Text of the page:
Why not Slovenske Konjice, Zreče or Oplotnica? Rather than getting involved in pissing contests in bars in Belgrade, why not feel warm and fuzzy inside about the merits of a town that other travellers may have seen the train station of on their way to Ohrid or Mostar?
It isn’t a new idea, but it is one that many seem to ignore due to its inherent lack of sex appeal. The rewards of the ordinary (rewardinary!) are plentiful. Go that extra mile to give a shit about Kragujevac and Kragujevac will give you everything it has, eager to hold on to the intrepid soul who has given it a chance.
When I was in Oplotnica I was taken to the park by the local guide, a sentence which sounds dodgier every time I read it back. He remarked that it was a park, nothing special, parks is parks after all, right? Wrong. The park was a delight to my four eyes, the right balance of little stream and little bridge and a box-ticker in every sense of the word.
Was it Hyde Park, Tiergarten or Vondelpark? Of course not, but it was my park, and I made no secret of my joy at this teeny tiny patch of land to the guide. Two hours later I was in his kitchen eating a conveyor belt of home-cured dried meats at the insistence of his non-English speaking mother. Give a shit about the ordinary, and the ordinary will give you more and more reasons to give more and more shits.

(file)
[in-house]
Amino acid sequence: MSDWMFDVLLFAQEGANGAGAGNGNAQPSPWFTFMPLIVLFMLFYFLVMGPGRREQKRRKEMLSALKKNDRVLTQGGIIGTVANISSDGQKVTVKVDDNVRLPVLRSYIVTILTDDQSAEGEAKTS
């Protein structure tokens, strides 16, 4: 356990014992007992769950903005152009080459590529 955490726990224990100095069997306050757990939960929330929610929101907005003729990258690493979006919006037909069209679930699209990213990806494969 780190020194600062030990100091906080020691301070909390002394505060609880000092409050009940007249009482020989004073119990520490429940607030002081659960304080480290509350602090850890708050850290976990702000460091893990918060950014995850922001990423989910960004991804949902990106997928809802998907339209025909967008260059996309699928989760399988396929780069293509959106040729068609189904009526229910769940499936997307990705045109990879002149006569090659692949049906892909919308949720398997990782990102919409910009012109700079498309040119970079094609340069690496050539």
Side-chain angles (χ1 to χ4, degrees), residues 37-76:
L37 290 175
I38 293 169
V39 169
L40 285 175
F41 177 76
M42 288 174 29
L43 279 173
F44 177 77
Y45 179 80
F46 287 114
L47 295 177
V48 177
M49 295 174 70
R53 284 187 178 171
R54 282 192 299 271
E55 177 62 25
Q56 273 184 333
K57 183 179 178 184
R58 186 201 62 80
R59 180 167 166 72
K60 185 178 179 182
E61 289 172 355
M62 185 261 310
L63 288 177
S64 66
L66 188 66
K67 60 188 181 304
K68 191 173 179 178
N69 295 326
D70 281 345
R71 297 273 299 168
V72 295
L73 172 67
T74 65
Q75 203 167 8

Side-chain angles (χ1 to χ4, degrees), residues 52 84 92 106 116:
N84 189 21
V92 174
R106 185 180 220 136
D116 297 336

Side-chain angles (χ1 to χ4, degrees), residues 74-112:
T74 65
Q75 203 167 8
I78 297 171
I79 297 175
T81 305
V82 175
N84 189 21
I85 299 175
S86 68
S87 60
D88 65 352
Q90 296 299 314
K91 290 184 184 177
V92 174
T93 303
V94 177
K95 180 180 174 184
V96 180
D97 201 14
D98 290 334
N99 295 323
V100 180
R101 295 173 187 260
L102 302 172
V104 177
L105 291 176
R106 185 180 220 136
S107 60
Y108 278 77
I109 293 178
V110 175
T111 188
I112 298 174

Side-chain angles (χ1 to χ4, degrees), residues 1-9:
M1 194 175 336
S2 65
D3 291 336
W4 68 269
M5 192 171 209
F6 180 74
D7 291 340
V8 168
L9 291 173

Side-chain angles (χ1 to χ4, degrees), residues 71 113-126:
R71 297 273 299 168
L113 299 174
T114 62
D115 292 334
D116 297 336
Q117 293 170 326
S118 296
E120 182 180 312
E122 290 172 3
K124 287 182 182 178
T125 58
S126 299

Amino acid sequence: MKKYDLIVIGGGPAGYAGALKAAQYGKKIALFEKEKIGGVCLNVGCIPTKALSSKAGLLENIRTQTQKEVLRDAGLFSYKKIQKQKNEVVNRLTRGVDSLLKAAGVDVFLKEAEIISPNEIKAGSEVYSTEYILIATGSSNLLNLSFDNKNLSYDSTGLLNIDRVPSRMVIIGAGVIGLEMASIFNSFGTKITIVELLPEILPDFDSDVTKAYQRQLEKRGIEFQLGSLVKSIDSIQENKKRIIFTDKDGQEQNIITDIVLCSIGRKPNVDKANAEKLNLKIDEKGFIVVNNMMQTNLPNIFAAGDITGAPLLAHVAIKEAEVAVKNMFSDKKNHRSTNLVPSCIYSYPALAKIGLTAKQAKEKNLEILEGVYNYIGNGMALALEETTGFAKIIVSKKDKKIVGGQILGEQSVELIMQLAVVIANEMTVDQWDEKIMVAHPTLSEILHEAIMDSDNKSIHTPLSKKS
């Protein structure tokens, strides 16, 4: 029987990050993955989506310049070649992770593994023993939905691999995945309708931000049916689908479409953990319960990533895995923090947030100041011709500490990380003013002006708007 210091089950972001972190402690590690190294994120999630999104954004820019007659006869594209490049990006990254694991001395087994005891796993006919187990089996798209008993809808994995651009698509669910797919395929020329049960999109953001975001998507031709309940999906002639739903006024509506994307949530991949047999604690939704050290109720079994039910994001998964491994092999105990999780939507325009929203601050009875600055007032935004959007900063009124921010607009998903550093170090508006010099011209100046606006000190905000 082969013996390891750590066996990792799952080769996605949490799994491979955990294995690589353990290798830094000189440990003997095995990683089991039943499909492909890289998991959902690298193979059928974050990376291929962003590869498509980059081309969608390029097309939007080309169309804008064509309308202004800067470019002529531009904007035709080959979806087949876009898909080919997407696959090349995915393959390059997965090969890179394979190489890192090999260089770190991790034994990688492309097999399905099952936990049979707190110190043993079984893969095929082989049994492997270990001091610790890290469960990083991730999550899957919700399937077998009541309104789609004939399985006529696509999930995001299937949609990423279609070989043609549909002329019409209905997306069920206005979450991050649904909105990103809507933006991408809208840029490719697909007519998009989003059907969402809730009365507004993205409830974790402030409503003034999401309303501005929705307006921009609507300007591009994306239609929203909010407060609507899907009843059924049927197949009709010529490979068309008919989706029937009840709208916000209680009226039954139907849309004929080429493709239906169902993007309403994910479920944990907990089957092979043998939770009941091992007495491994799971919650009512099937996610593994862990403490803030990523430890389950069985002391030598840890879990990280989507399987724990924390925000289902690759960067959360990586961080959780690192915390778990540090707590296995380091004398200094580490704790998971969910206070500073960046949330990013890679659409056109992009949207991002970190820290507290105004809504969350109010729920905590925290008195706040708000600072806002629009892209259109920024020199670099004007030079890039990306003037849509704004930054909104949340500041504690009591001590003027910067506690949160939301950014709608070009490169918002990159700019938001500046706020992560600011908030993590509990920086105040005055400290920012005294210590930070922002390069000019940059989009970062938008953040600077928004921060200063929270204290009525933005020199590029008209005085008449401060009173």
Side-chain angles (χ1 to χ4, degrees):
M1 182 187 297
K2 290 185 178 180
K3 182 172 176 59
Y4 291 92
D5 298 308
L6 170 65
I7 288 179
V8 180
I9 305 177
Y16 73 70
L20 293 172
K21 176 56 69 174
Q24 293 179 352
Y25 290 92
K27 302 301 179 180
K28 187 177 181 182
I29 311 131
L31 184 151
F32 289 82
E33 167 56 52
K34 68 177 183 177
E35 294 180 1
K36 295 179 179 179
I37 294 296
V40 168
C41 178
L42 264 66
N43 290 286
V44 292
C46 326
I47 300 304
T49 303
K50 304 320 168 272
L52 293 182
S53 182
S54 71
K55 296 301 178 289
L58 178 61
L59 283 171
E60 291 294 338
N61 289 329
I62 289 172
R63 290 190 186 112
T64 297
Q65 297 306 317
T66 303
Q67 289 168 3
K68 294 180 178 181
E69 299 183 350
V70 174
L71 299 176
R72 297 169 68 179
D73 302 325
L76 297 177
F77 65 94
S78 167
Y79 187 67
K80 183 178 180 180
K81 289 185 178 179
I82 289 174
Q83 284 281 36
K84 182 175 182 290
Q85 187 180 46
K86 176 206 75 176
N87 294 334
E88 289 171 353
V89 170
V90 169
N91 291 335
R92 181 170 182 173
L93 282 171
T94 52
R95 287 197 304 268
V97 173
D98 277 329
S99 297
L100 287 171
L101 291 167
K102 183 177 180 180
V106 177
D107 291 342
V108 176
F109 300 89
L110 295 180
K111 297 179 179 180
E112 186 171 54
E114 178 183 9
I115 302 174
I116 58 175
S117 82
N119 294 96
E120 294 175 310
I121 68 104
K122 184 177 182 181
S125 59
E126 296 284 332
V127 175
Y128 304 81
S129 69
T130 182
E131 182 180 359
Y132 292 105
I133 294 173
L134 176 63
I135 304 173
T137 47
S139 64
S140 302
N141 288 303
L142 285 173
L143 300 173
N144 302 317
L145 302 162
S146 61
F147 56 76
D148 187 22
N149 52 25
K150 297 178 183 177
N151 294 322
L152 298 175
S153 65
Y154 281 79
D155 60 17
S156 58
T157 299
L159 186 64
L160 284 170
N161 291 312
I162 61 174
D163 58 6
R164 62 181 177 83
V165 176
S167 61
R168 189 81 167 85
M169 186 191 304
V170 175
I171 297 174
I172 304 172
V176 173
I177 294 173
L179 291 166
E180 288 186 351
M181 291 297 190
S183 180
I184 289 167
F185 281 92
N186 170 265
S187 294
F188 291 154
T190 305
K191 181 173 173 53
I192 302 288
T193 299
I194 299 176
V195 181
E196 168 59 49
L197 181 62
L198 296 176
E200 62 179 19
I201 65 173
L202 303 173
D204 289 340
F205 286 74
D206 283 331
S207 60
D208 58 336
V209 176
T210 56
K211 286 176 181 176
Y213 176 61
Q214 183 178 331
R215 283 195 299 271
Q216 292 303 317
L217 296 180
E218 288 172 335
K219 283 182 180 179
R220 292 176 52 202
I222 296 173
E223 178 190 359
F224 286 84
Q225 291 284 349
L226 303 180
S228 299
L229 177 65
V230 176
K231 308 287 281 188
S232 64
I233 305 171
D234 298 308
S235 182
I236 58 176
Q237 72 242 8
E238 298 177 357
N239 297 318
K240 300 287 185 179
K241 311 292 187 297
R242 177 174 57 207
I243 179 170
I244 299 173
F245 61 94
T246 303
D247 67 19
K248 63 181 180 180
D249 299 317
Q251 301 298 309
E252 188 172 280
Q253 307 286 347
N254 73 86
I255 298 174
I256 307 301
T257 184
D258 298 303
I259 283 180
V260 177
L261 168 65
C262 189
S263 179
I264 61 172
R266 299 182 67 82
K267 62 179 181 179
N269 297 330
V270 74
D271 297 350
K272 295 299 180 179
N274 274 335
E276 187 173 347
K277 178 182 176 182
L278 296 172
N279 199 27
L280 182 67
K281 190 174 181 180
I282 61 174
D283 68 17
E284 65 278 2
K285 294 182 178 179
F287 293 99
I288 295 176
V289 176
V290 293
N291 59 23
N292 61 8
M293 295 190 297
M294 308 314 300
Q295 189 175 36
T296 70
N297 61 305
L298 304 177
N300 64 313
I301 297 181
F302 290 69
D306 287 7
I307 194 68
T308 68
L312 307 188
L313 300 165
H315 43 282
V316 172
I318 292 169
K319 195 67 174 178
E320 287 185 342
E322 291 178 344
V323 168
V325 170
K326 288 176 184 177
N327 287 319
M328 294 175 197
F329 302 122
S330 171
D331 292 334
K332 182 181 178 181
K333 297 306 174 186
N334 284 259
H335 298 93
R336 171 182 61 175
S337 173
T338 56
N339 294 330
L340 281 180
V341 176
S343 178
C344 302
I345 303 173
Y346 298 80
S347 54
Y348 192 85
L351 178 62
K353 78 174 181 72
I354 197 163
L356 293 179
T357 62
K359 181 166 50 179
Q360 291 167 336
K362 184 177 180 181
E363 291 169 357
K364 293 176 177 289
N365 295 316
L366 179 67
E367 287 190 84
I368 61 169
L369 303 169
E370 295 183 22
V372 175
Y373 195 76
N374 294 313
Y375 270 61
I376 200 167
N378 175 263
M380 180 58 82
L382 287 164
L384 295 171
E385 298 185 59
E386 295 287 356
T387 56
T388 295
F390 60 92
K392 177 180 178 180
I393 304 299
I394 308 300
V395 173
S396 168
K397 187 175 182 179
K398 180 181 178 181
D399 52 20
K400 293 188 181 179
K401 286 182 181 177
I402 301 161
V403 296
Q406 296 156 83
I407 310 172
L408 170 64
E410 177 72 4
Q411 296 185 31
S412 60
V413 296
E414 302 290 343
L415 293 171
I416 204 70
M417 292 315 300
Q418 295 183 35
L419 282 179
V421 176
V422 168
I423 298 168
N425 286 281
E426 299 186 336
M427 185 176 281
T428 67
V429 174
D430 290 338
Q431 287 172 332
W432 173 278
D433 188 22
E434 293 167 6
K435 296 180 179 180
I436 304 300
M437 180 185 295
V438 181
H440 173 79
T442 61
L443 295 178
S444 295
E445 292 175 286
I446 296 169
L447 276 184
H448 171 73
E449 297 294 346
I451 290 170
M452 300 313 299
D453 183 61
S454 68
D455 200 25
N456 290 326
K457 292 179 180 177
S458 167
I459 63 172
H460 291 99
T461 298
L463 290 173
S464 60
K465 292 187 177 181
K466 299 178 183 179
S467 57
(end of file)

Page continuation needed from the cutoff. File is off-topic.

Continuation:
Slovenia often gets saddled with the adjective ‘boring’, but all this really does is shine a light on the fickle and jaded nature of travellers. It is also insulting, but lets not get too dramatic here. How the balls can a church on an island in the middle of a lake backed by jagged mountains be boring? That is exactly what we want, we just don’t want everyone else to want it too. If you stumbled upon Lake Bled in the middle of a forest in Turkmenistan, you would believe that you had stumbled upon God herself. Mention Lake Bled to the throngs in hostels travelling around central and eastern Europe, and 90% will respond with ‘yeah, but Bohinj is way better’.
Whether they are right or wrong is irrelevant. The fact that they are desperately pushing some sort of hardcore credential that has no reason for existing in the first place is the wrong part. This is obviously part of a wider problem of how unique everyone simply must be, but that is another complaint for another day. Just rest assured – your pain and your sadness are just as sad and painful as mine.